1. We Pay The Price 2. The Siren's Call 3. Love for Sale 4. Illusion 5. Pull Me Under 6. No More Monkey business 7. Reach out 8. Heaven Above 9. What I Believe 10. Any Other Day
Elf Project The Great Divide
Elf Project originated from the greater New York area and have continued to push the boundaries of 70’s progressive rock within the confines of the “classic” hard rock power trio.The three members of the band, Carl Schultz (vocals,bass and keys), Mike Cappadozy (guitars) and Dave Wayne (drums) blend together very well, producing music which is rife with memorable hooks and remains accessibly melodic.
It is difficult to approach a review of The Great Divide withoout being very aware that the greatest influence on Elf Project seems to be the Canadian power trio, Rush. What does make a review of this new album a little more straightforward, is the fact that the reviewer last listened to Rush around the “Spirit of Radio/Freewill” era, and might miss out on some of the Rush nuances.
The Great Divide is a ten track album with the average length of the tracks around the 4 to 4.5 minute mark. The opening track, “We Pay The Price,” is all an opening track should be….crisp textured guitar, driving bass and measured drumming with layered keyboards putting in an appearance around the halfway point ( nodding more to the progressive side of the band) and everything bodes well for the rest of the album.
“The Sirens Call” soon emphasises the impotance of Carl Schultz, with his bass lines driving this song along. His vocals are very clear and seem to sit very comfortably over the top of this style of rock. Excellent guitar riffs from Mike Cappadozy weave in and out of the mix.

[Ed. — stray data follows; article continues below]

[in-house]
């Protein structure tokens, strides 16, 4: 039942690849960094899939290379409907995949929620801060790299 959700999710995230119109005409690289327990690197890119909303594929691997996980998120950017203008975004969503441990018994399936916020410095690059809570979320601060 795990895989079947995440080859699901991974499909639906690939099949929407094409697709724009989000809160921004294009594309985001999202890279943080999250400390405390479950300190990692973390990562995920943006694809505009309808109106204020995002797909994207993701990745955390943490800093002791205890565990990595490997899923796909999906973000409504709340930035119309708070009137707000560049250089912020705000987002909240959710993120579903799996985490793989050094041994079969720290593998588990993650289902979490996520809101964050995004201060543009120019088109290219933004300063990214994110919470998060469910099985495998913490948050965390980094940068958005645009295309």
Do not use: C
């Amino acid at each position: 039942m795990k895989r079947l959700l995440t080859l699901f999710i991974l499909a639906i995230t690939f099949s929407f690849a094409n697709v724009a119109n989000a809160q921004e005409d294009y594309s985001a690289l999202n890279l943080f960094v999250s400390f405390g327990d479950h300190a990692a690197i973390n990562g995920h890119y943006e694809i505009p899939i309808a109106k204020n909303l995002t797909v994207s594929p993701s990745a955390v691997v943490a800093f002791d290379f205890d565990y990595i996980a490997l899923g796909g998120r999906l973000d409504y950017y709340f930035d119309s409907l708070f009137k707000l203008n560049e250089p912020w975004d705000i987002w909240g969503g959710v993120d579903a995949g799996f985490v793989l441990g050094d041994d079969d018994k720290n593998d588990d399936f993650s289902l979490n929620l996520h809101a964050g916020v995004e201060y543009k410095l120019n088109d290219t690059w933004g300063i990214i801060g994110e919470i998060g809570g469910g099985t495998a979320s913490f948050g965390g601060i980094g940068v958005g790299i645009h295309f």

An out and out rocker, “Love For Sale,” shifts the emphasis again before settling into a well structured piece of work with the bass and drums crisp and clear, and superb guitar work from Cappadozy. Another classy track.
There is a change of sound with track 4, “Illusion,” which has a much more laid-back atmosphere and then on into “Pull Me Under,” which has sublime guitar fills and a “looser” feel showing the band in a more relaxed frame of mind. Excellent.
The “bossy” bass of Schultz introduces “No More Monkey Business,” an instrumental track, builds very nicely allowing the guitar work of Cappadozy, bass of Schultz, and the precise drumming of Wayne to be showcased.
On into another rockier track, “Reach Out,” which shows just how well this band gels together and drives along with a heavier feel to it, while always retaining the melodic nature of the band Continuing the heavier feel of the last track, “Heaven Above” differs sufficiently to maintain interest as it powers through its 4 minutes. Cappadozy again interjects some deft guitar touches around two thirds of the way through the track.
The penultimate track on the album, “What I Believe,” is another slice of subdued rock music, driven along by the smooth engine of Schultz and Wayne.
A surprise awaits in the last track, “Any Other Day,” which has a compeletely different feel to it, and unfortunately just seems to be so out of place with the other 90% of the album. I found this track very disappointing as a closing track.
Overall, The Great Divide is a very good rock album and Elf Project are certainly a very impressive power trio. Even without listening to Rush since “dinosaurs roamed the Earth,” there is a definite Rush-like feel to this band. Not entirely a bad thing in my opinion…they are melodic, powerful and an excellent little unit. Certainly worth a listen..you might be very pleasantly surprised.
Key Tracks: Love For Sale, Pull Me Under, Heaven Above
Jim “The Ancient One” Lawson-MuzikReviews.com Staff